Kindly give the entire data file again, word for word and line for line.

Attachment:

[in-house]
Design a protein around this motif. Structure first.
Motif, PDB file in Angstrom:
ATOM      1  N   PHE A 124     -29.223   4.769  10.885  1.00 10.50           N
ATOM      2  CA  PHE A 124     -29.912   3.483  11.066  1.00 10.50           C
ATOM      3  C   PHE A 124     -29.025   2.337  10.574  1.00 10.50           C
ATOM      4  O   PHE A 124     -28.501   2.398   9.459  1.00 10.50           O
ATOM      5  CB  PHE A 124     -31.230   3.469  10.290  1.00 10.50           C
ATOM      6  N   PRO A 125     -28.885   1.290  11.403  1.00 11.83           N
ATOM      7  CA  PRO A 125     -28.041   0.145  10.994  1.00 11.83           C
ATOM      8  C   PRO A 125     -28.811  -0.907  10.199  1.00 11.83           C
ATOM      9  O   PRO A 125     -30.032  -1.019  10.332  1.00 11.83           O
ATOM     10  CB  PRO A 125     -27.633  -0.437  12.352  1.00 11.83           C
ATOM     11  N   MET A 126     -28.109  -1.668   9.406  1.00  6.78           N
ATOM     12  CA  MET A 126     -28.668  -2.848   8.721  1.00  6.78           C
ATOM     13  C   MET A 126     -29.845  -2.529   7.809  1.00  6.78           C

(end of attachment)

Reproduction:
[in-house]
Design a protein around this motif. Structure first.
Motif, PDB file in Angstrom:
ATOM      1  N   PHE A 124     -29.223   4.769  10.885  1.00 10.50           N
ATOM      2  CA  PHE A 124     -29.912   3.483  11.066  1.00 10.50           C
ATOM      3  C   PHE A 124     -29.025   2.337  10.574  1.00 10.50           C
ATOM      4  O   PHE A 124     -28.501   2.398   9.459  1.00 10.50           O
ATOM      5  CB  PHE A 124     -31.230   3.469  10.290  1.00 10.50           C
ATOM      6  N   PRO A 125     -28.885   1.290  11.403  1.00 11.83           N
ATOM      7  CA  PRO A 125     -28.041   0.145  10.994  1.00 11.83           C
ATOM      8  C   PRO A 125     -28.811  -0.907  10.199  1.00 11.83           C
ATOM      9  O   PRO A 125     -30.032  -1.019  10.332  1.00 11.83           O
ATOM     10  CB  PRO A 125     -27.633  -0.437  12.352  1.00 11.83           C
ATOM     11  N   MET A 126     -28.109  -1.668   9.406  1.00  6.78           N
ATOM     12  CA  MET A 126     -28.668  -2.848   8.721  1.00  6.78           C
ATOM     13  C   MET A 126     -29.845  -2.529   7.809  1.00  6.78           C